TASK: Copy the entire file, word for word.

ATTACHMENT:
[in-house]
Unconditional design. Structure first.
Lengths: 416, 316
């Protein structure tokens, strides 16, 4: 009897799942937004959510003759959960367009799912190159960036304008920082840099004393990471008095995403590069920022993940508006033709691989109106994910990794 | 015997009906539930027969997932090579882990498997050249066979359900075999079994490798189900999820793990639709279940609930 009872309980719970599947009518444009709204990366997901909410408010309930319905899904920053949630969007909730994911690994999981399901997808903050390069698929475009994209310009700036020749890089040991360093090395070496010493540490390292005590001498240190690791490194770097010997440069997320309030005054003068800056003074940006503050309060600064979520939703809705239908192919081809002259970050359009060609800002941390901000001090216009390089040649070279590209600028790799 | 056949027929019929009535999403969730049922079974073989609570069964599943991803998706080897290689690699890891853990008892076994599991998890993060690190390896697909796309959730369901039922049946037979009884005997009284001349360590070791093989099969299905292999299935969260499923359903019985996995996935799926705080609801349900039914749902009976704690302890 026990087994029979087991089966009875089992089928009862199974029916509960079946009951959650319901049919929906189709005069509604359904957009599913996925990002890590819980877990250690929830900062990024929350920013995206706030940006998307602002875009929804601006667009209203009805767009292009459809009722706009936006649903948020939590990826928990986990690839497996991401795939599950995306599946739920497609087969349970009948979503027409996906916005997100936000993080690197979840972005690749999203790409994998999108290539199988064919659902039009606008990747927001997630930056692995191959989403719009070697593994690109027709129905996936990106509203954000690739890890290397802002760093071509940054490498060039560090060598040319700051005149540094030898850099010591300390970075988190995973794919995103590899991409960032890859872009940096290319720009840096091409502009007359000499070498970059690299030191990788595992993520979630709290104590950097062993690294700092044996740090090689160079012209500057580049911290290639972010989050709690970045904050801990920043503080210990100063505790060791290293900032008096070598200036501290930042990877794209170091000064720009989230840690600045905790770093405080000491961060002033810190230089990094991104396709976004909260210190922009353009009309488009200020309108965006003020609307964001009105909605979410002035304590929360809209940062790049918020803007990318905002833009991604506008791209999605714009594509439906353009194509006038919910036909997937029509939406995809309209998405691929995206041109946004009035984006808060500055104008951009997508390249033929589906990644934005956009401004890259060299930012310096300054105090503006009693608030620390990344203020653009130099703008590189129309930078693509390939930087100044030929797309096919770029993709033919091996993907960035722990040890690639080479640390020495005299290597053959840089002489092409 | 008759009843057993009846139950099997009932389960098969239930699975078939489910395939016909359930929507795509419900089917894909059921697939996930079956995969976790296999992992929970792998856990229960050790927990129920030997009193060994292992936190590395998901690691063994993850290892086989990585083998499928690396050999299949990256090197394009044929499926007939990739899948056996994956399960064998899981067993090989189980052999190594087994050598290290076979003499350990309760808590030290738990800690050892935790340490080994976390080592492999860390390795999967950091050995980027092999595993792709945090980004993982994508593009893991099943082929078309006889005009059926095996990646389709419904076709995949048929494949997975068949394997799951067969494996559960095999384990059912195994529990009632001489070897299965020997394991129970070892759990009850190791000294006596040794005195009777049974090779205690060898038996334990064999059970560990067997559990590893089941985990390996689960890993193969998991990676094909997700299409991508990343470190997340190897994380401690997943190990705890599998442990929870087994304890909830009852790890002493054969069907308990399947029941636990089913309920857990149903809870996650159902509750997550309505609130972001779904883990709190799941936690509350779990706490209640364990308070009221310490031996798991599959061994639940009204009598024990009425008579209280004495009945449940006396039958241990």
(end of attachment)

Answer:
[in-house]
Unconditional design. Structure first.
Lengths: 416, 316
């Protein structure tokens, strides 16, 4: 009897799942937004959510003759959960367009799912190159960036304008920082840099004393990471008095995403590069920022993940508006033709691989109106994910990794 | 015997009906539930027969997932090579882990498997050249066979359900075999079994490798189900999820793990639709279940609930 009872309980719970599947009518444009709204990366997901909410408010309930319905899904920053949630969007909730994911690994999981399901997808903050390069698929475009994209310009700036020749890089040991360093090395070496010493540490390292005590001498240190690791490194770097010997440069997320309030005054003068800056003074940006503050309060600064979520939703809705239908192919081809002259970050359009060609800002941390901000001090216009390089040649070279590209600028790799 | 056949027929019929009535999403969730049922079974073989609570069964599943991803998706080897290689690699890891853990008892076994599991998890993060690190390896697909796309959730369901039922049946037979009884005997009284001349360590070791093989099969299905292999299935969260499923359903019985996995996935799926705080609801349900039914749902009976704690302890 026990087994029979087991089966009875089992089928009862199974029916509960079946009951959650319901049919929906189709005069509604359904957009599913996925990002890590819980877990250690929830900062990024929350920013995206706030940006998307602002875009929804601006667009209203009805767009292009459809009722706009936006649903948020939590990826928990986990690839497996991401795939599950995306599946739920497609087969349970009948979503027409996906916005997100936000993080690197979840972005690749999203790409994998999108290539199988064919659902039009606008990747927001997630930056692995191959989403719009070697593994690109027709129905996936990106509203954000690739890890290397802002760093071509940054490498060039560090060598040319700051005149540094030898850099010591300390970075988190995973794919995103590899991409960032890859872009940096290319720009840096091409502009007359000499070498970059690299030191990788595992993520979630709290104590950097062993690294700092044996740090090689160079012209500057580049911290290639972010989050709690970045904050801990920043503080210990100063505790060791290293900032008096070598200036501290930042990877794209170091000064720009989230840690600045905790770093405080000491961060002033810190230089990094991104396709976004909260210190922009353009009309488009200020309108965006003020609307964001009105909605979410002035304590929360809209940062790049918020803007990318905002833009991604506008791209999605714009594509439906353009194509006038919910036909997937029509939406995809309209998405691929995206041109946004009035984006808060500055104008951009997508390249033929589906990644934005956009401004890259060299930012310096300054105090503006009693608030620390990344203020653009130099703008590189129309930078693509390939930087100044030929797309096919770029993709033919091996993907960035722990040890690639080479640390020495005299290597053959840089002489092409 | 008759009843057993009846139950099997009932389960098969239930699975078939489910395939016909359930929507795509419900089917894909059921697939996930079956995969976790296999992992929970792998856990229960050790927990129920030997009193060994292992936190590395998901690691063994993850290892086989990585083998499928690396050999299949990256090197394009044929499926007939990739899948056996994956399960064998899981067993090989189980052999190594087994050598290290076979003499350990309760808590030290738990800690050892935790340490080994976390080592492999860390390795999967950091050995980027092999595993792709945090980004993982994508593009893991099943082929078309006889005009059926095996990646389709419904076709995949048929494949997975068949394997799951067969494996559960095999384990059912195994529990009632001489070897299965020997394991129970070892759990009850190791000294006596040794005195009777049974090779205690060898038996334990064999059970560990067997559990590893089941985990390996689960890993193969998991990676094909997700299409991508990343470190997340190897994380401690997943190990705890599998442990929870087994304890909830009852790890002493054969069907308990399947029941636990089913309920857990149903809870996650159902509750997550309505609130972001779904883990709190799941936690509350779990706490209640364990308070009221310490031996798991599959061994639940009204009598024990009425008579209280004495009945449940006396039958241990």